Ahmad al-Badawi

Aḥmad al-Badawī (Arabic: أحمد البدوى IPA: [ˈæħmæd elˈbædæwi]), also known as Al-Sayyid al-Badawī (السيد البدوى, [esˈsæjjed-, elˈsæjjed-]), or as al-Badawī for short, or reverentially as Shaykh al-Badawī by all those Sunni Muslims who venerate saints,[3] was a 13th-century Moroccan Sunni Muslim mystic who became famous as the founder of the Badawiyyah order of Sufism. Originally hailing from Fes,[4] al-Badawi eventually settled for good in Tanta, Egypt in 1236, whence he developed a posthumous reputation as "Egypt's greatest saint."[3] As al-Badawi is perhaps "the most popular of Muslim saints in Egypt", his tomb has remained a "major site of visitation" for Muslims in the region.[5]

Aḥmad al-Badawī
Mosque of St. Ahmed El-Badawi.jpg
The Mosque of Aḥmad al-Badawī in Tanta, Egypt, which contains the tomb of the saint within its precincts
Mystic, Jurist
Born1200 CE (596 AH)
Fez, Morocco
Died1276 CE (674 AH)
Tanta, Egypt
Venerated inBy all those traditional Sunni Muslims who venerate saints
Major shrineMosque of Aḥmad al-Badawī, Tanta, Egypt
FeastA few days every October (mawlid)
Tradition or genre
Sunni Islam
(Jurisprudence: Shafi'i)[1][2]

HistoryEdit

According to several medieval chronicles, al-Badawi hailed from an Arab tribe of Syrian origin.[3] A Sunni Muslim by persuasion, al-Badawi entered the Rifa'iyya spiritual order (founded by the renowned Shafi'i mystic and jurist Ahmed al-Rifa'i [d. 1182]) in his early life,[3] being initiated into the order at the hands of a particular Iraqi teacher.[3] After a trip to Mecca, al-Badawi is said to have travelled to Iraq, "where his sainthood [is believed to have] clearly manifested itself" through the miracles he is said to have performed.[3] Eventually, al-Badawi went to Tanta, Egypt, where settled for good in 1236.[3] According to the various traditional biographies of the saint's life, al-Badawi gathered forty disciples around him during this period, who are collectively said to have "dwelt on the city's rooftop terraces,"[3] whence his spiritual order were informally named the "roof men" (aṣḥāb al-saṭḥ) in the vernacular.[3] Al-Badawi died in Tanta in 1276, being seventy-six years old.[3]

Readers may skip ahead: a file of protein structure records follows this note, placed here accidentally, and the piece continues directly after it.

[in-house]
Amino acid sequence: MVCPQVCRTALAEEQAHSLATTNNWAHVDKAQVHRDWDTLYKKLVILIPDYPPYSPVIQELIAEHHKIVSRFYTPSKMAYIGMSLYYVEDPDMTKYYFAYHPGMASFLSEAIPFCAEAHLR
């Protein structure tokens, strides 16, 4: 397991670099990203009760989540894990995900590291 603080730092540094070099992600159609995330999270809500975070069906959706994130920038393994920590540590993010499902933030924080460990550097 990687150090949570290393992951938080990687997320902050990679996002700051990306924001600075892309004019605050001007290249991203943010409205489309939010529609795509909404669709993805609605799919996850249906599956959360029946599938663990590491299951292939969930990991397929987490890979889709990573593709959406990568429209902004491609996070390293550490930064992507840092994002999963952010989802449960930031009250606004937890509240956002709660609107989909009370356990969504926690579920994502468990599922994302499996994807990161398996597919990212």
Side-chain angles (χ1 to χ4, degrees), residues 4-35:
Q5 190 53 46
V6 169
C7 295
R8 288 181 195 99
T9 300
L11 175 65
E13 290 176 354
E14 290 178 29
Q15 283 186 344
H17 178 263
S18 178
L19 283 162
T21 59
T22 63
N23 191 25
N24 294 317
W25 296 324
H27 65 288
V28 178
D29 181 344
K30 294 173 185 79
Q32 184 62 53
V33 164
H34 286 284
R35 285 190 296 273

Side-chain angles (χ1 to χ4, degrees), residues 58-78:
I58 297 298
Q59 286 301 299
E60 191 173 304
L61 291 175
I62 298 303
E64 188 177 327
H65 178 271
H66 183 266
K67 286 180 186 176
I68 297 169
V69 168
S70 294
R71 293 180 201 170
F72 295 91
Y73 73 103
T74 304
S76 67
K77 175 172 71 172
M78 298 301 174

Spiritual lineageEdit

As with every other major Sufi order, the Badawiyya proposes an unbroken spiritual chain of transmitted knowledge going back to the Prophet Muhammad through one of his Companions, which in the Badawiyya's case is Ali (d. 661).[6] In this regard, Idries Shah quotes al-Badawi: "Sufi schools are like waves which break upon rocks: [they are] from the same sea, in different forms, for the same purpose.".[7][8]

See alsoEdit

ReferencesEdit

  1. ^ ʿAbd al-Samad al-Miṣrī, al-Jawāhir al-saniyya fī l-karāmāt wa-l-nisba al-Aḥmadiyya, Cairo 1277/1860–1
  2. ^ Catherine Mayeur-Jaouen, Al-Sayyid Aḥmad al-Badawî. Un grand saint de l'Islam égyptien, Cairo 1994
  3. ^ a b c d e f g h i j Mayeur-Jaouen, Catherine. "al-Badawī, al-Sayyid (search results)". In Fleet, Kate; Krämer, Gudrun; Matringe, Denis; Nawas, John; Rowson, Everett (eds.). Encyclopaedia of Islam, THREE. Brill Online. ISSN 1873-9830.
  4. ^ ʿAbd al-Wahhab b. Aḥmad al-Shaʿrānī, Lawāqih al-anwār fī tabaqāt al-akhyār and al-Tabaqāt al-kubrā (Beirut 1988), 1:183
  5. ^ Irving Hexham, The Concise Dictionary of Religion (Regend, 1993), p. 14
  6. ^ Bosworth, C.E. (1960–2005). "Rifāʿiyya". The Encyclopaedia of Islam, New Edition (12 vols.). Leiden: E. J. Brill.
  7. ^ Galin, Müge (1997). Between East and West: Sufism in the Novels of Doris Lessing. Albany, NY: State University of New York Press. pp. xix, 5–8, 21, 40–41, 101, 115. ISBN 0-7914-3383-8.
  8. ^ Taji-Farouki, Suha; Nafi, Basheer M. (eds.) (2004). Islamic Thought in the Twentieth Century. London, UK/New York, NY: I.B.Tauris Publishers. p. 123. ISBN 1-85043-751-3. {{cite book}}: |author2= has generic name (help)

Further readingEdit

  • Al-Imām Nūruddīn Al-Halabī Al-Ahmadī, Sīrah Al-Sayyid Ahmad Al-Badawī, Published by Al-Maktabah Al-Azhariyyah Li Al-Turāth, Cairo.
  • Mayeur-Jaouen, Catherine, Al-Sayyid Ahmad Al-Badawi: Un Grand Saint De L'islam egyptien, Published by Institut francais d'archeologie orientale du Caire

External linksEdit